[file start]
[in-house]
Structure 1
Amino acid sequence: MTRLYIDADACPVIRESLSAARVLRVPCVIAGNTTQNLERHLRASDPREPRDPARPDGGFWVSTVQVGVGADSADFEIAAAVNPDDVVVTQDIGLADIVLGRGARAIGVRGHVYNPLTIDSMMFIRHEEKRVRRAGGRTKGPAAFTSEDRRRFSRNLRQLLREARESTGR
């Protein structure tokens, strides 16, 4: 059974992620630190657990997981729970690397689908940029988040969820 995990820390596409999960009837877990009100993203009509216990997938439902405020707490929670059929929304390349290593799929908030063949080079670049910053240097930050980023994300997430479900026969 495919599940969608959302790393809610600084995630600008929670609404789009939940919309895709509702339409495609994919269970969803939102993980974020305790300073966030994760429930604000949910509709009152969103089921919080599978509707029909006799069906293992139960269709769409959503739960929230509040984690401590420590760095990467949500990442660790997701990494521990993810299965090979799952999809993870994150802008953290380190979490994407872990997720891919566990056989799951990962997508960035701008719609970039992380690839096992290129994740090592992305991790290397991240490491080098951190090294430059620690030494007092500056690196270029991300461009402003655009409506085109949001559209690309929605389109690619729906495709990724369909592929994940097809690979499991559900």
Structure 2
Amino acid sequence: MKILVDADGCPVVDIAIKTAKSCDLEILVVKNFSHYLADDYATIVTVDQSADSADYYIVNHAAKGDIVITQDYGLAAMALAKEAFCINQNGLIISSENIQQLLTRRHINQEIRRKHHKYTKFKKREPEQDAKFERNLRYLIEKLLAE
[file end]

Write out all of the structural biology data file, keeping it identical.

[in-house]
Structure 1
Amino acid sequence: MTRLYIDADACPVIRESLSAARVLRVPCVIAGNTTQNLERHLRASDPREPRDPARPDGGFWVSTVQVGVGADSADFEIAAAVNPDDVVVTQDIGLADIVLGRGARAIGVRGHVYNPLTIDSMMFIRHEEKRVRRAGGRTKGPAAFTSEDRRRFSRNLRQLLREARESTGR
């Protein structure tokens, strides 16, 4: 059974992620630190657990997981729970690397689908940029988040969820 995990820390596409999960009837877990009100993203009509216990997938439902405020707490929670059929929304390349290593799929908030063949080079670049910053240097930050980023994300997430479900026969 495919599940969608959302790393809610600084995630600008929670609404789009939940919309895709509702339409495609994919269970969803939102993980974020305790300073966030994760429930604000949910509709009152969103089921919080599978509707029909006799069906293992139960269709769409959503739960929230509040984690401590420590760095990467949500990442660790997701990494521990993810299965090979799952999809993870994150802008953290380190979490994407872990997720891919566990056989799951990962997508960035701008719609970039992380690839096992290129994740090592992305991790290397991240490491080098951190090294430059620690030494007092500056690196270029991300461009402003655009409506085109949001559209690309929605389109690619729906495709990724369909592929994940097809690979499991559900």
Structure 2
Amino acid sequence: MKILVDADGCPVVDIAIKTAKSCDLEILVVKNFSHYLADDYATIVTVDQSADSADYYIVNHAAKGDIVITQDYGLAAMALAKEAFCINQNGLIISSENIQQLLTRRHINQEIRRKHHKYTKFKKREPEQDAKFERNLRYLIEKLLAE